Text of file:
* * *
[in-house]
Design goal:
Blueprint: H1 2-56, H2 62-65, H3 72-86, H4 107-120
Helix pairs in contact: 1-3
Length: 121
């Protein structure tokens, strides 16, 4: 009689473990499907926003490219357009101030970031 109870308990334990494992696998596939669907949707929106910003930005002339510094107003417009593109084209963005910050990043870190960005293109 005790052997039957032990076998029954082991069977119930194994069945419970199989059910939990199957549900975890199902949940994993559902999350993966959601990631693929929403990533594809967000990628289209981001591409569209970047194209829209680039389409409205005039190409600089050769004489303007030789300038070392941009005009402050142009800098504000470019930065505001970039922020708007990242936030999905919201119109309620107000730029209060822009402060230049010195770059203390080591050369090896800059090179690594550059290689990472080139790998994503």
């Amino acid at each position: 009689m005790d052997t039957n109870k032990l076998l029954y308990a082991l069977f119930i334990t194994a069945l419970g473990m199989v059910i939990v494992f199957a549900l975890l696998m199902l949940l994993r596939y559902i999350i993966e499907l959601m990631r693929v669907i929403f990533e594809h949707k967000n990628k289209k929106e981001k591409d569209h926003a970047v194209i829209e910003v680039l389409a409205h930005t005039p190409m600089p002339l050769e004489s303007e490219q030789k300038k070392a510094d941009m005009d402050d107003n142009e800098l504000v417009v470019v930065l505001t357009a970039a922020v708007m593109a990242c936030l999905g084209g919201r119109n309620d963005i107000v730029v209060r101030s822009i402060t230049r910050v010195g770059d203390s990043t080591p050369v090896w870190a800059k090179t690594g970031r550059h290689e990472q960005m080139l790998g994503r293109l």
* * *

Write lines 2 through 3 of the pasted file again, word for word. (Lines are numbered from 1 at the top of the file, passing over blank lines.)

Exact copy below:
Design goal:
Blueprint: H1 2-56, H2 62-65, H3 72-86, H4 107-120